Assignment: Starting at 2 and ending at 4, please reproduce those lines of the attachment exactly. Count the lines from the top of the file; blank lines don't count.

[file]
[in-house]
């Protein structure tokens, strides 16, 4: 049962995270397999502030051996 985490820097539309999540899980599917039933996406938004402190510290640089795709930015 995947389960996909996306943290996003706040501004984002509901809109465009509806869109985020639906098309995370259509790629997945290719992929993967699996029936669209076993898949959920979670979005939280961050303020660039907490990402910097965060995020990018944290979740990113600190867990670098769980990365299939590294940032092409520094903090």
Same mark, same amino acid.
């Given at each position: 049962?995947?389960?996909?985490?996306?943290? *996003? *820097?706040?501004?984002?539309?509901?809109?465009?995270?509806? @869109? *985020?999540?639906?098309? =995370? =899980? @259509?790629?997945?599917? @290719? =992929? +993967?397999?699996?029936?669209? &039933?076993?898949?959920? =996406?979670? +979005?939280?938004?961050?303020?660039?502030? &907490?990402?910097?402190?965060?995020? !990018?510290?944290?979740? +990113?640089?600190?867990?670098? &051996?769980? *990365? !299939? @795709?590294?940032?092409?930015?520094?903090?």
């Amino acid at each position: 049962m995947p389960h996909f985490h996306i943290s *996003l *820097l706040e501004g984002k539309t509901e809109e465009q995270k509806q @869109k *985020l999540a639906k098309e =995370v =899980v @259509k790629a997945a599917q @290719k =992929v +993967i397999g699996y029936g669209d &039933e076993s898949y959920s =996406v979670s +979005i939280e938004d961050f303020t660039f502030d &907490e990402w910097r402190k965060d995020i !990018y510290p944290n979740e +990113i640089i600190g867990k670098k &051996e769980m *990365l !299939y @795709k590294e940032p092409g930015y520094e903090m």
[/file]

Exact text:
């Protein structure tokens, strides 16, 4: 049962995270397999502030051996 985490820097539309999540899980599917039933996406938004402190510290640089795709930015 995947389960996909996306943290996003706040501004984002509901809109465009509806869109985020639906098309995370259509790629997945290719992929993967699996029936669209076993898949959920979670979005939280961050303020660039907490990402910097965060995020990018944290979740990113600190867990670098769980990365299939590294940032092409520094903090």
Same mark, same amino acid.
């Given at each position: 049962?995947?389960?996909?985490?996306?943290? *996003? *820097?706040?501004?984002?539309?509901?809109?465009?995270?509806? @869109? *985020?999540?639906?098309? =995370? =899980? @259509?790629?997945?599917? @290719? =992929? +993967?397999?699996?029936?669209? &039933?076993?898949?959920? =996406?979670? +979005?939280?938004?961050?303020?660039?502030? &907490?990402?910097?402190?965060?995020? !990018?510290?944290?979740? +990113?640089?600190?867990?670098? &051996?769980? *990365? !299939? @795709?590294?940032?092409?930015?520094?903090?």